HSBC: A mixed send-off for Gulliver’s travels

Overall you have to call this a strong performance from HSBC but falling short of fairly lofty expectations means the stock has fallen about 4% in early trading. Higher costs, no fresh buyback and a miss on profits has investors turning a little cold but shares remain up ~80% since April 2016.

Adjusted revenues were up 5% to $41.5bn, the first annual rise in six years but short of estimates. Pre-tax profits were short of forecasts too, coming at $2.3bn in Q4 and just a shade under $21bn for the full-year, up 11% on last year. Not as firm as anticipated but clear signs the bank is beyond recovery phase now as Stuart Gulliver heads off on his travels.

Common equity tier 1 ratio jumped to 14.5% from 13.6% a year ago, although this was down from the 14.7% reported at the time of the interim results in July, reflecting the $2bn buyback announced then. Dividends flat at $0.51, which is in line with forecasts. Investors may have hoped for a little more largesse given the much higher CET1 year-on-year but it looks like the last round is it for the time being. And whilst return on equity was significantly higher at 5.9% from 0.8% a year ago, there remains a long way to go before it comes close to the bank’s target of 10%.

There may be a bit of concern around costs that is impacting shares - adjusted operating expenses were 4% higher due to higher pay and investments in growth, up from the 3% reported six months ago. Nevertheless this appears to be the result of revenue growth and positive jaws of 1% suggest this doesn’t look like much to worry about.

Savings look good and this was a key part of Gulliver’s restructuring. The bank has achieved annualised run-rate savings of $6.1bn, up from the $4.7bn reported in the interim results in July. It has also beaten its target of offloading risk weighted assets, with a total of $338bn reported since 2015, an increase of $42bn from the interim results report.

Elsewhere, of interest as ever is the section entitled ‘Legal proceedings and regulatory matters’. A full six pages of the results release were dedicated to updates on litigation and legal proceedings, an overhang from past misdeeds that the bank is yet to entirely draw a line under. Specific litigation costs vary and may be higher than provided for but the worst of this looks to be discounted by the market already.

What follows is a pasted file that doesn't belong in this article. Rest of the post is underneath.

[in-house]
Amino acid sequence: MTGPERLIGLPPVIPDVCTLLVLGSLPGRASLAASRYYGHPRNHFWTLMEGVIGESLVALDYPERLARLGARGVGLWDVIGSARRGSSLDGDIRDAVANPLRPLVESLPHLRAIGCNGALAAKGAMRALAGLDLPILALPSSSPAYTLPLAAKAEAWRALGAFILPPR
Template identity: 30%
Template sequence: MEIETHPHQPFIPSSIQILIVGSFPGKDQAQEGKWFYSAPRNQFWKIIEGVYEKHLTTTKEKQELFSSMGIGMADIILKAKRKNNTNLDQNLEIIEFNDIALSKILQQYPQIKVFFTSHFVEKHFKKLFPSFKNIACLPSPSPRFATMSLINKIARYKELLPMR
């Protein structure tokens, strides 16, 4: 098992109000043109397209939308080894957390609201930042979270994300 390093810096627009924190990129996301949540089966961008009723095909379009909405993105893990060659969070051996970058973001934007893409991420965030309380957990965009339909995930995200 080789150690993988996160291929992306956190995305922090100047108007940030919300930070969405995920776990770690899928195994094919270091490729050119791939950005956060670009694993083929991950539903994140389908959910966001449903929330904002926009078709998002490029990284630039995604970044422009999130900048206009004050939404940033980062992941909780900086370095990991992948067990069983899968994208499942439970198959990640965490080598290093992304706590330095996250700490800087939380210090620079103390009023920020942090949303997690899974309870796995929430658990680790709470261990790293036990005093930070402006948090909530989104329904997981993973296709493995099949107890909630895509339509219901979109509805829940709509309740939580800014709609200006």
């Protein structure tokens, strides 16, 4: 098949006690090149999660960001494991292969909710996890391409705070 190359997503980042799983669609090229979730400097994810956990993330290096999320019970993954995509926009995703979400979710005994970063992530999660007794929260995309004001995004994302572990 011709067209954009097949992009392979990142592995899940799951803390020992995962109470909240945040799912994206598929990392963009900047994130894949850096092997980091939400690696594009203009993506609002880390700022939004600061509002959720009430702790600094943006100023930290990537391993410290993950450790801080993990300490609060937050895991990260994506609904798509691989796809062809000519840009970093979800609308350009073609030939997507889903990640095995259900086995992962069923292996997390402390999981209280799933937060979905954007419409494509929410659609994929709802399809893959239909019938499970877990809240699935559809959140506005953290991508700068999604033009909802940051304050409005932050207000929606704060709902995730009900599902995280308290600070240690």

Dunlem shares slump on squeezed margins

Dunelm shares slumped 13% on the open as it becomes increasingly clear that margins are taking a battering as it seeks to maintain sales growth and market share. It’s proving to be a very tough market out there –we’ve seen several retailers in the sector fail in recent months and margins are coming under pressure across the board. Consumer spending is softer of course, but the decline in property market activity is key – the less people move home the less they spend on new furnishings.

In the first half, as was pretty well flagged in the last two updates, revenues grew well but margins are taking a beating thanks to the inclusion of sales from the lower margin Worldstores as well some heavy discounting.

Sales growth is strong: +6% like-for-like (LFL) including store LFL sales growth of 3.5%, and 18.4% total growth. Unlike some notable peers, online is doing very well, with 36.8% LFL sales growth on

EBITDA was down 2%, reflecting the consolidation of Worldstore losses. Profit before tax (pre-exceptional items) was down 8% to £60m, but after one-offs was 0.7% higher at £56.3m.

Margins are the real worry. Not only is the Worldstores acquisition dragging down the group average, but it was also due to a higher proportion of end of season and seasonal products. The concern is that Dunelm is heavily discounting to maintain market share, generating good headline LFL sales growth at the expense of profit.

Group gross margin declined 180bps to 48.6%. The lower margin Worldstores sales reduced gross margin by 80bps, while discounting lowered gross margin by 100bps. Operating costs were more than 22% higher, reflective of store investment and the timing of the Worldstores acquisition.

But margin pressure has been pretty well flagged and management remains confident of stabilising this in the second half. In addition, Dunelm expects lower costs and synergies from the acquisition of Worldstores to deliver good full year profit growth.

Free cash remains strong - net cash from operating activities rose 12.8% to £59.8m, while free cash flow was up 46% to £27.8m. This allows for an interim dividend increase of 7.7% to 7p per share.

Any information, analysis, opinion, commentary or research-based material on this page is for information purposes only and is not, in any circumstances, intended to be an offer of, or solicitation for, a transaction in any financial instrument. No representation or warranty is given as to the accuracy or completeness of this information. Any person acting on it does so entirely at their own risk and ETX Capital accepts no responsibility for any adverse trading decisions. You should seek independent advice if you do not understand the associated risks.